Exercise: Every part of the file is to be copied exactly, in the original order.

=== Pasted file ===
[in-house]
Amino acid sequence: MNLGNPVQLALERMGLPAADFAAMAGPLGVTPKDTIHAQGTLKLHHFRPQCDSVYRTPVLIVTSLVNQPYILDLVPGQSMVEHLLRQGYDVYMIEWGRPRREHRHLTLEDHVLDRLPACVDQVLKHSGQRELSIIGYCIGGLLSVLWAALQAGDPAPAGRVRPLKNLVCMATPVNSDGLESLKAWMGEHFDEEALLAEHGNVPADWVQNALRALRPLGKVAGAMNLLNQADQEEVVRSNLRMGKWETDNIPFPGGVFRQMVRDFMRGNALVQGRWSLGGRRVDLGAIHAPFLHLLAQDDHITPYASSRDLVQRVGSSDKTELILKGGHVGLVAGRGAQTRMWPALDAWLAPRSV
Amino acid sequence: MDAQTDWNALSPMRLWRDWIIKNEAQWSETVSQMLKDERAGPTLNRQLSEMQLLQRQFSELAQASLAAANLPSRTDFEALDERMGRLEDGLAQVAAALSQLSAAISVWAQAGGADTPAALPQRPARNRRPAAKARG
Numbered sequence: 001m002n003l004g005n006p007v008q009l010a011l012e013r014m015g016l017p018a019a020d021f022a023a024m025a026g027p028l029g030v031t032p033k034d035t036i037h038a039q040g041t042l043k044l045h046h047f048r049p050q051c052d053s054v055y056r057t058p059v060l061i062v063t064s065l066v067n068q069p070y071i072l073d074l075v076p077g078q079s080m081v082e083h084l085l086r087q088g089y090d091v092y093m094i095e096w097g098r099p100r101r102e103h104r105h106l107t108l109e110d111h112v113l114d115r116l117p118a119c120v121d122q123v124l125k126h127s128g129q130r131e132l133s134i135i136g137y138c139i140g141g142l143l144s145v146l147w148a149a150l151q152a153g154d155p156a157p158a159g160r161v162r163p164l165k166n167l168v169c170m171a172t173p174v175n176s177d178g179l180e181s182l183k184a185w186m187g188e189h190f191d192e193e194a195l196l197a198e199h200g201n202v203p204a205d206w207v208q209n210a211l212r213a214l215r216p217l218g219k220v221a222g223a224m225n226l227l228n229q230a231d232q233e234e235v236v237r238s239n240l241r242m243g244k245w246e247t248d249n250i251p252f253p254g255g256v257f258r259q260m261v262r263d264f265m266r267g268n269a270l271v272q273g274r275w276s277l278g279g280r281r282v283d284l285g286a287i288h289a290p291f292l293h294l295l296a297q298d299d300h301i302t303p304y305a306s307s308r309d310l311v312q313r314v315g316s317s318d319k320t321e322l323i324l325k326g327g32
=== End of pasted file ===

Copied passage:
[in-house]
Amino acid sequence: MNLGNPVQLALERMGLPAADFAAMAGPLGVTPKDTIHAQGTLKLHHFRPQCDSVYRTPVLIVTSLVNQPYILDLVPGQSMVEHLLRQGYDVYMIEWGRPRREHRHLTLEDHVLDRLPACVDQVLKHSGQRELSIIGYCIGGLLSVLWAALQAGDPAPAGRVRPLKNLVCMATPVNSDGLESLKAWMGEHFDEEALLAEHGNVPADWVQNALRALRPLGKVAGAMNLLNQADQEEVVRSNLRMGKWETDNIPFPGGVFRQMVRDFMRGNALVQGRWSLGGRRVDLGAIHAPFLHLLAQDDHITPYASSRDLVQRVGSSDKTELILKGGHVGLVAGRGAQTRMWPALDAWLAPRSV
Amino acid sequence: MDAQTDWNALSPMRLWRDWIIKNEAQWSETVSQMLKDERAGPTLNRQLSEMQLLQRQFSELAQASLAAANLPSRTDFEALDERMGRLEDGLAQVAAALSQLSAAISVWAQAGGADTPAALPQRPARNRRPAAKARG
Numbered sequence: 001m002n003l004g005n006p007v008q009l010a011l012e013r014m015g016l017p018a019a020d021f022a023a024m025a026g027p028l029g030v031t032p033k034d035t036i037h038a039q040g041t042l043k044l045h046h047f048r049p050q051c052d053s054v055y056r057t058p059v060l061i062v063t064s065l066v067n068q069p070y071i072l073d074l075v076p077g078q079s080m081v082e083h084l085l086r087q088g089y090d091v092y093m094i095e096w097g098r099p100r101r102e103h104r105h106l107t108l109e110d111h112v113l114d115r116l117p118a119c120v121d122q123v124l125k126h127s128g129q130r131e132l133s134i135i136g137y138c139i140g141g142l143l144s145v146l147w148a149a150l151q152a153g154d155p156a157p158a159g160r161v162r163p164l165k166n167l168v169c170m171a172t173p174v175n176s177d178g179l180e181s182l183k184a185w186m187g188e189h190f191d192e193e194a195l196l197a198e199h200g201n202v203p204a205d206w207v208q209n210a211l212r213a214l215r216p217l218g219k220v221a222g223a224m225n226l227l228n229q230a231d232q233e234e235v236v237r238s239n240l241r242m243g244k245w246e247t248d249n250i251p252f253p254g255g256v257f258r259q260m261v262r263d264f265m266r267g268n269a270l271v272q273g274r275w276s277l278g279g280r281r282v283d284l285g286a287i288h289a290p291f292l293h294l295l296a297q298d299d300h301i302t303p304y305a306s307s308r309d310l311v312q313r314v315g316s317s318d319k320t321e322l323i324l325k326g327g32